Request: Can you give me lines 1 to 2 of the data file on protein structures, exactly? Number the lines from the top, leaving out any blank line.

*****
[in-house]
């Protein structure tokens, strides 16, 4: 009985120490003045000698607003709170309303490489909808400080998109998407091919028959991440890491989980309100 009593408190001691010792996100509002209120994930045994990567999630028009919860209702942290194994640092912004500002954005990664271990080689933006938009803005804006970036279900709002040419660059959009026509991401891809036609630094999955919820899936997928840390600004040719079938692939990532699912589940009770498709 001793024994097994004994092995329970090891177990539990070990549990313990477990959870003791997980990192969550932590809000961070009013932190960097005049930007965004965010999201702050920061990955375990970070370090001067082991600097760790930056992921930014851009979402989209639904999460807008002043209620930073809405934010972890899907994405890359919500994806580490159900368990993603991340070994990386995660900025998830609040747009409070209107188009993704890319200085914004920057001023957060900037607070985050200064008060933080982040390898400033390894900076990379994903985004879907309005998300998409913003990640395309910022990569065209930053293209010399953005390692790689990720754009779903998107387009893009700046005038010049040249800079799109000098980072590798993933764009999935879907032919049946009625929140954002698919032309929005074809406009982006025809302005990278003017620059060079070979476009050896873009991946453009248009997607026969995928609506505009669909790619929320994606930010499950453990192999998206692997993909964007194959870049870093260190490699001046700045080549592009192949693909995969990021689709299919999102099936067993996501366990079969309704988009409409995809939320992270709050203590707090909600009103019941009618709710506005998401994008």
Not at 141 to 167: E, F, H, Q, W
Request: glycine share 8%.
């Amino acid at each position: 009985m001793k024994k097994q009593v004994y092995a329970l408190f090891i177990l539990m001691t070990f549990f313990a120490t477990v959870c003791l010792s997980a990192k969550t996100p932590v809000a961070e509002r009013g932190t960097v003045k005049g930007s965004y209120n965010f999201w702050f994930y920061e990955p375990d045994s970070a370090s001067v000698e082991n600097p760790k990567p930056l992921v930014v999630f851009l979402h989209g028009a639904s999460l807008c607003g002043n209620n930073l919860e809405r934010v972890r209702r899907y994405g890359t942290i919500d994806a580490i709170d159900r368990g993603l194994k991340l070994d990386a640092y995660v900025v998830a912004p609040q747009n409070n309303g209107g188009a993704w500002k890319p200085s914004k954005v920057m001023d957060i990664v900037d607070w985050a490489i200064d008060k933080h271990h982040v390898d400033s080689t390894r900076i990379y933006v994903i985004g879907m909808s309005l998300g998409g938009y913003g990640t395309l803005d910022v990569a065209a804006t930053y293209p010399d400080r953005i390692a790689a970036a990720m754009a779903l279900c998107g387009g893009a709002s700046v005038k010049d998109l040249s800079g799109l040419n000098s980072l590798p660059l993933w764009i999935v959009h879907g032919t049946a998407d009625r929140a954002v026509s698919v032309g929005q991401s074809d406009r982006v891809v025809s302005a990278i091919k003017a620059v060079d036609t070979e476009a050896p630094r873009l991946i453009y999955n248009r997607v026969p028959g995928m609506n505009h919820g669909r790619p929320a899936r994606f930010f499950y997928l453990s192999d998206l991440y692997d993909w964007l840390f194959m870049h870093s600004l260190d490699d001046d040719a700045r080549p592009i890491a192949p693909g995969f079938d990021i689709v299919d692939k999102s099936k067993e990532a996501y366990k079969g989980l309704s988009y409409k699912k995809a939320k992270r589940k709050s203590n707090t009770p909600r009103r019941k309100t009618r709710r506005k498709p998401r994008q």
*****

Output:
[in-house]
């Protein structure tokens, strides 16, 4: 009985120490003045000698607003709170309303490489909808400080998109998407091919028959991440890491989980309100 009593408190001691010792996100509002209120994930045994990567999630028009919860209702942290194994640092912004500002954005990664271990080689933006938009803005804006970036279900709002040419660059959009026509991401891809036609630094999955919820899936997928840390600004040719079938692939990532699912589940009770498709 001793024994097994004994092995329970090891177990539990070990549990313990477990959870003791997980990192969550932590809000961070009013932190960097005049930007965004965010999201702050920061990955375990970070370090001067082991600097760790930056992921930014851009979402989209639904999460807008002043209620930073809405934010972890899907994405890359919500994806580490159900368990993603991340070994990386995660900025998830609040747009409070209107188009993704890319200085914004920057001023957060900037607070985050200064008060933080982040390898400033390894900076990379994903985004879907309005998300998409913003990640395309910022990569065209930053293209010399953005390692790689990720754009779903998107387009893009700046005038010049040249800079799109000098980072590798993933764009999935879907032919049946009625929140954002698919032309929005074809406009982006025809302005990278003017620059060079070979476009050896873009991946453009248009997607026969995928609506505009669909790619929320994606930010499950453990192999998206692997993909964007194959870049870093260190490699001046700045080549592009192949693909995969990021689709299919999102099936067993996501366990079969309704988009409409995809939320992270709050203590707090909600009103019941009618709710506005998401994008």